COURTESY OF DANIEL LEBRECHT AND ANTHONY HOLTMAATAnimal models have long offered scientists glimpses into the brain. To look at the shapes of neurons, researchers can slice the brains of mice or other animals into thin sections, photographing each one. To monitor the neurons’ activity, they can stick electrodes straight into the brains of anesthetized animals, recording the electrical signals emitted as neurons fire.
But recent advances in neuroscience now allow an unprecedented look at the working brains of living animals. With new lenses and probes, researchers can peer deeper into the brain than ever before. And clever setups are providing a glimpse into the brain activity of rodents as they explore both real and virtual worlds, revealing the neural activity that underlies natural behavior.
“We are now doing experiments on mammals that used to only be possible in insects,” says David Kleinfeld, a neurophysicist at the University of California, San Diego. “It’s a fun time.”
With living models come new challenges. Researchers also need to be surgeons, exposing the brains of mice with dexterity and choosing the approach that is the least likely to damage neurons. And the live models become patients, requiring imaging techniques that keep them healthy and comfortable in a setting that is as natural as possible.
The Scientist consulted with experts in live-rodent brain imaging to bring you a guide for peering into the working brain. Employing these techniques, researchers can return to the same glowing neuron over time, noting structural changes resulting from experience or drug treatment. And they can use indicator molecules that light up when neurons fire to reveal a continuously updating map of neural activity in the brain.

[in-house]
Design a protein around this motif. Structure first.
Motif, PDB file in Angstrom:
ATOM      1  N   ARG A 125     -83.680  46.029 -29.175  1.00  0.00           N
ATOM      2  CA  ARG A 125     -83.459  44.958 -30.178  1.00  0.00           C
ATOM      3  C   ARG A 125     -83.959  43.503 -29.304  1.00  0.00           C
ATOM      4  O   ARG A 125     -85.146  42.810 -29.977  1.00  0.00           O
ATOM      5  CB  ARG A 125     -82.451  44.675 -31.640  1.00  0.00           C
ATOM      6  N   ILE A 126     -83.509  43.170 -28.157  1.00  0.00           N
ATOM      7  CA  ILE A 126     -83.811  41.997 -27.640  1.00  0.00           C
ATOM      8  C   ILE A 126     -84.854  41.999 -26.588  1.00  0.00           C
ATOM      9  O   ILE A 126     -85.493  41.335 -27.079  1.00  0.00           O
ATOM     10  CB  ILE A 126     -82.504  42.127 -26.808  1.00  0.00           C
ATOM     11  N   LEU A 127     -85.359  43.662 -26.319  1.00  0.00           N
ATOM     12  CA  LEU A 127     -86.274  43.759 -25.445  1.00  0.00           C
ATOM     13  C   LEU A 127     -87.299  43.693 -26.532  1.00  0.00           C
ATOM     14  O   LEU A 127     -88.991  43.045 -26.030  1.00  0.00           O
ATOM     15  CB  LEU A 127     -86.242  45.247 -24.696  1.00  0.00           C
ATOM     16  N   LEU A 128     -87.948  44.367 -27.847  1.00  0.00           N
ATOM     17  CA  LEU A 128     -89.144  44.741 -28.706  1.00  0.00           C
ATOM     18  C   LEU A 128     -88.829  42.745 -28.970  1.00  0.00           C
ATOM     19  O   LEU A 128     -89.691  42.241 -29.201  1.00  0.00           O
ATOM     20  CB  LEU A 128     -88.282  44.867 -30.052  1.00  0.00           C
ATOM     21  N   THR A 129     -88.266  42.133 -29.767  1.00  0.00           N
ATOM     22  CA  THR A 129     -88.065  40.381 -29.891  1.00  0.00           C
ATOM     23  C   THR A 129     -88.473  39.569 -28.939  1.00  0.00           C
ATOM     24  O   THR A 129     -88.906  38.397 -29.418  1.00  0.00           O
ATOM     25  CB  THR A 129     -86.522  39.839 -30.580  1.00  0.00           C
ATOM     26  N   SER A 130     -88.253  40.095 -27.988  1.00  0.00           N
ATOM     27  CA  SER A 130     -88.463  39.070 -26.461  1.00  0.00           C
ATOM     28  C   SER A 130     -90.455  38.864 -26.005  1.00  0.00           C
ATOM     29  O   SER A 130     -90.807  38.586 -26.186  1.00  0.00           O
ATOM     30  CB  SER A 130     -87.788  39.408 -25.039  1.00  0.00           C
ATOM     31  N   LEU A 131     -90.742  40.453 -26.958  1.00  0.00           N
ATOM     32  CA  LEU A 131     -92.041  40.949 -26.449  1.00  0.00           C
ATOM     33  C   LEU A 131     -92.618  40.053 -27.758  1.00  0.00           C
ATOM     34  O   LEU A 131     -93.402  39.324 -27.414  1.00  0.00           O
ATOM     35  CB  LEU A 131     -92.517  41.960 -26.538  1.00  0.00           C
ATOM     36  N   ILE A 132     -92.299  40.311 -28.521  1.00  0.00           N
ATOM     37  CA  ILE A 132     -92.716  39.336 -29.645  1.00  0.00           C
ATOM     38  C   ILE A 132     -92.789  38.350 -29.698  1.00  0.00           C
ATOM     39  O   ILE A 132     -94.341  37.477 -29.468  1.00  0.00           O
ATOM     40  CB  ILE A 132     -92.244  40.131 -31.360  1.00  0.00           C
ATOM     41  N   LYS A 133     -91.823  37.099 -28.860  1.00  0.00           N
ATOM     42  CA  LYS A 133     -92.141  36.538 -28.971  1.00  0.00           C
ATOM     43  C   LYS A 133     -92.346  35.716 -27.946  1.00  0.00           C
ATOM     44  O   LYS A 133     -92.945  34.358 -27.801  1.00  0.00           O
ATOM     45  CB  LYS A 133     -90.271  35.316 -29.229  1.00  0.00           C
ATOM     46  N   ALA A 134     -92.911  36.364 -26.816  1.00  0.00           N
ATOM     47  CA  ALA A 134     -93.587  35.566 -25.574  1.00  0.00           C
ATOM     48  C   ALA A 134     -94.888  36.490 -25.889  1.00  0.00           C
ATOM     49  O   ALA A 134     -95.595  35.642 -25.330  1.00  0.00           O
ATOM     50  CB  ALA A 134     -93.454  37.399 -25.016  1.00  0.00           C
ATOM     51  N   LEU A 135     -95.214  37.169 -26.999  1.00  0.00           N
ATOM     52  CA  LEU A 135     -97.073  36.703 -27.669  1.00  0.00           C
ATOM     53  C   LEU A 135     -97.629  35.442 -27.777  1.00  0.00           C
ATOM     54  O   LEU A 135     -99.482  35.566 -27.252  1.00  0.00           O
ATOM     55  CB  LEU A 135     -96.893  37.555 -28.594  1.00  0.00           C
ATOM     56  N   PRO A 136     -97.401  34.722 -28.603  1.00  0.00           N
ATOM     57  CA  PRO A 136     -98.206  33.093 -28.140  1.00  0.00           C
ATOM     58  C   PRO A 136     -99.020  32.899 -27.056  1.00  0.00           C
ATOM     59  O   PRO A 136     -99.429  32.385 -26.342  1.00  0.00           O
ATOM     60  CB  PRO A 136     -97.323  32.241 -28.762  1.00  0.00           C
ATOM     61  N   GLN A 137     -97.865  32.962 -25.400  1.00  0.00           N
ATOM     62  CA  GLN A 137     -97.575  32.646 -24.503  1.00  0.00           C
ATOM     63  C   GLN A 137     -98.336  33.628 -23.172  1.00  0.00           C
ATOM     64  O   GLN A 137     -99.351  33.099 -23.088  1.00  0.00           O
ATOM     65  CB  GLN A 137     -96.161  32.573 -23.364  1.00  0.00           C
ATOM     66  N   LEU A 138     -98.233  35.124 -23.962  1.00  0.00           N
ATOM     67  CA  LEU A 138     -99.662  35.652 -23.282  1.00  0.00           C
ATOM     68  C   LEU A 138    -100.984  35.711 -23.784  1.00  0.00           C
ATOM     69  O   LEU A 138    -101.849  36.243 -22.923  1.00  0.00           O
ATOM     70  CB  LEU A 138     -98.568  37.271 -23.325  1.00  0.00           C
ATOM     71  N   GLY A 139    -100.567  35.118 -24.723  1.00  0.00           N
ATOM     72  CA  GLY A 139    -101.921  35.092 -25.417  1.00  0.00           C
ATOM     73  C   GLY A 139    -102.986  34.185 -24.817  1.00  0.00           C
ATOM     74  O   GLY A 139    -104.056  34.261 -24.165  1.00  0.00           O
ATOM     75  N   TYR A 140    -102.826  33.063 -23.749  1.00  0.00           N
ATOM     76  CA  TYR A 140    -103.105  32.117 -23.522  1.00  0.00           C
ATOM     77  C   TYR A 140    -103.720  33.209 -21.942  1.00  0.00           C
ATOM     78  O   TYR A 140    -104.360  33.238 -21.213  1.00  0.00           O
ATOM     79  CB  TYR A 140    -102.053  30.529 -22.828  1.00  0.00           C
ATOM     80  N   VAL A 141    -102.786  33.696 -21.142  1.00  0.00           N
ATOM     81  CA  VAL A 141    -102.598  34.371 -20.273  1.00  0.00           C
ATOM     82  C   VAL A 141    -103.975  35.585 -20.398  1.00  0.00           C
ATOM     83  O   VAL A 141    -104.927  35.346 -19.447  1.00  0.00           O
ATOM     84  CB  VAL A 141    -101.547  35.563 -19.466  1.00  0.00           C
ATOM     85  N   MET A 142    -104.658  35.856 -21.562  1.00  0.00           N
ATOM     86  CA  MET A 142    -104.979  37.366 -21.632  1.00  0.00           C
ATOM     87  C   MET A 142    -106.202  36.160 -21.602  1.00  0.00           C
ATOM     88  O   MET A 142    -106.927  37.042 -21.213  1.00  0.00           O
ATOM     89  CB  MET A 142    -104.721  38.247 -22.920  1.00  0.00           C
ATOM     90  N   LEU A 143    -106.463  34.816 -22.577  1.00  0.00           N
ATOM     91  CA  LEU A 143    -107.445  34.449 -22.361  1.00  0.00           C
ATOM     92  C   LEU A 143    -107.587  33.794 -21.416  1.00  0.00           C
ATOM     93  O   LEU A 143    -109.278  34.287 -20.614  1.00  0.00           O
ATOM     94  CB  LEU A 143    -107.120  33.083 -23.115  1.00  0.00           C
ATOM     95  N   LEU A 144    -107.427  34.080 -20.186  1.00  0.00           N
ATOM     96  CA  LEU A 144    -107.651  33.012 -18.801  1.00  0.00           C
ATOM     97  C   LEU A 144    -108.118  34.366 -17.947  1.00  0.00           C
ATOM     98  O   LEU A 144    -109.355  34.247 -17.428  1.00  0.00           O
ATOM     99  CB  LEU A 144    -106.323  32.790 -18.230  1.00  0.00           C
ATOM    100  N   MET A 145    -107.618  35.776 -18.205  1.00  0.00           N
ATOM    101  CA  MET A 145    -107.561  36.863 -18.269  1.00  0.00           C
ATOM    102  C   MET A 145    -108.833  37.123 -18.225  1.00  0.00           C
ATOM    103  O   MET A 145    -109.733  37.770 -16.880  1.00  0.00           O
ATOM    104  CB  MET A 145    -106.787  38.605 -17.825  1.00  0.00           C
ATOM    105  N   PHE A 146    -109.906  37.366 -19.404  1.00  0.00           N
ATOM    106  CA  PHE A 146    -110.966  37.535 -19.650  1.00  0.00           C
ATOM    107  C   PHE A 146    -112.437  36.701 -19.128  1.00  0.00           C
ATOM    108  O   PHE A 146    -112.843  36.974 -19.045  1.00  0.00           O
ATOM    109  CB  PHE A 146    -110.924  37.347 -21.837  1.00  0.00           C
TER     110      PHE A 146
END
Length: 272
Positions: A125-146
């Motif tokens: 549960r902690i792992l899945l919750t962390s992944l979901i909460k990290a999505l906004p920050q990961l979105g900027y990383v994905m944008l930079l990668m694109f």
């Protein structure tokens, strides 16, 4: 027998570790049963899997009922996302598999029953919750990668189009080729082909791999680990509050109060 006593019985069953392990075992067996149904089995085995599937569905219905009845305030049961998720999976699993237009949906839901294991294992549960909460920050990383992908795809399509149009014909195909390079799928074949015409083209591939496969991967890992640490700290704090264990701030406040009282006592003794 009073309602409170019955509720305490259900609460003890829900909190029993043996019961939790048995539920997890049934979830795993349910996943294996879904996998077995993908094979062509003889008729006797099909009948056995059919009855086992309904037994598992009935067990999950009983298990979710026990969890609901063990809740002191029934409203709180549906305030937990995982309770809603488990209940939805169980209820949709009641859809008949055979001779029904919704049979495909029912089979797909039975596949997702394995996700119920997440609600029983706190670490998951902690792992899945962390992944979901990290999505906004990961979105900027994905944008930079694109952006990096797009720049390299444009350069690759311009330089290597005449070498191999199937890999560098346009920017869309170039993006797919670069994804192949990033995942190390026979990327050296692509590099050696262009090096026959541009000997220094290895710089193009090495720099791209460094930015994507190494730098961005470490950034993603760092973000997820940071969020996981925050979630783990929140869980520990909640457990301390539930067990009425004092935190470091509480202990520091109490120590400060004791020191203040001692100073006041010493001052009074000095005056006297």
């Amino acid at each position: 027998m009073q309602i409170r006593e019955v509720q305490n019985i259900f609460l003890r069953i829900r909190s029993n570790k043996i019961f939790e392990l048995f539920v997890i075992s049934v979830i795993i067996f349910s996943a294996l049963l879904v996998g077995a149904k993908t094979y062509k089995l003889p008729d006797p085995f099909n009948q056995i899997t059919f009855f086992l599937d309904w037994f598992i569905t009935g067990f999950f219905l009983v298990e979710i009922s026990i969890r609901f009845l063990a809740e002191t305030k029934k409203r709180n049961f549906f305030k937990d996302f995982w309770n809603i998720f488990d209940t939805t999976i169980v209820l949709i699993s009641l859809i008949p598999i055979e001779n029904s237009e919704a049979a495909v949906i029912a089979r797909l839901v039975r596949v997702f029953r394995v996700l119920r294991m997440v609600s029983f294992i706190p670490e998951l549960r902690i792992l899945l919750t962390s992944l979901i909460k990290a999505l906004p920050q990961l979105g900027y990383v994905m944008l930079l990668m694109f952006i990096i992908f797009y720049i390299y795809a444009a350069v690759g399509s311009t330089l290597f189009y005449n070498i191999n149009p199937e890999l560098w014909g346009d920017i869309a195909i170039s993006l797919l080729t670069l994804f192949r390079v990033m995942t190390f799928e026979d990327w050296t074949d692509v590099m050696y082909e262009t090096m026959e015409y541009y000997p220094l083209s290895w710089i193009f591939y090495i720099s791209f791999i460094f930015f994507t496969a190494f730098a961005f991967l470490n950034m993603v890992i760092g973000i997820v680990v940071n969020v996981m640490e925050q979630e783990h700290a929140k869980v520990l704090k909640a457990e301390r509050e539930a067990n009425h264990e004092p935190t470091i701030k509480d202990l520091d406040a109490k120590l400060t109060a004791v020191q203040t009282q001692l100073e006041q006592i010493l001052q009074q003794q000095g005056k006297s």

Let there be light
The first step is to light up the neurons of interest. The molecule of choice depends on the question under study. To examine the physical shape of individual neurons and their synapses, you’ll need to enable the neurons to express a fluorescent molecule, such as green fluorescent protein (GFP).
To follow a single neuron over time, cells should be sparsely labeled, says Anthony Holtmaat of the University of Geneva. Too many fluorescent neurons and you create “a forest where you have to identify a tree that you were looking at the day before,” he says. “But if you have just a few trees, your forest is not so dense.” A classic mouse line, called THY- GFP-M, has only a few neurons labeled throughout the brain.
To look at only certain types of neurons, there are two options. First, you can engineer a line of mice using the well-established CRE site-specific recombination system. This method works well if there’s a genetic marker that is expressed only in your cell of interest, says Robby Weimer, a senior scientist at Genentech. Researchers can use this gene’s regulatory region to target CRE expression to these cells. A fluorescent reporter gene inserted close to the regulatory region switches on only in the presence of CRE, thus restricting expression to those cell types. But CRE engineering involves complex crosses between mice, which take time.
COURTESY OF JEROME RANDALL AND ANTHONY HOLTMAAT
A second option is to introduce the gene encoding a fluorescent molecule into mouse brains in utero by injecting a virus or circular (plasmid) DNA. This approach allows researchers to target general brain regions, but not specific cell types. It’s possible to label more than one brain region with this method by injecting a combination of fluorescent molecules at the same time, says Weimer.
To track neuronal activity, rather than neuronal anatomy, researchers mostly rely on calcium indicators, called GCaMPs. These are GFP molecules altered so that they fluoresce only in the presence of calcium, which rushes into neurons as they fire. As with GFP, GCaMPs can be either engineered or injected into cells.
Once you’ve labeled your neurons of interest, you’ll need to open a window into the brain. There are three possible approaches: replacing a piece of the skull with glass; shaving the skull so that it becomes paper thin; or reaching deeper into the brain with clear tubes. Each method has advantages and disadvantages, depending on the experiment at hand.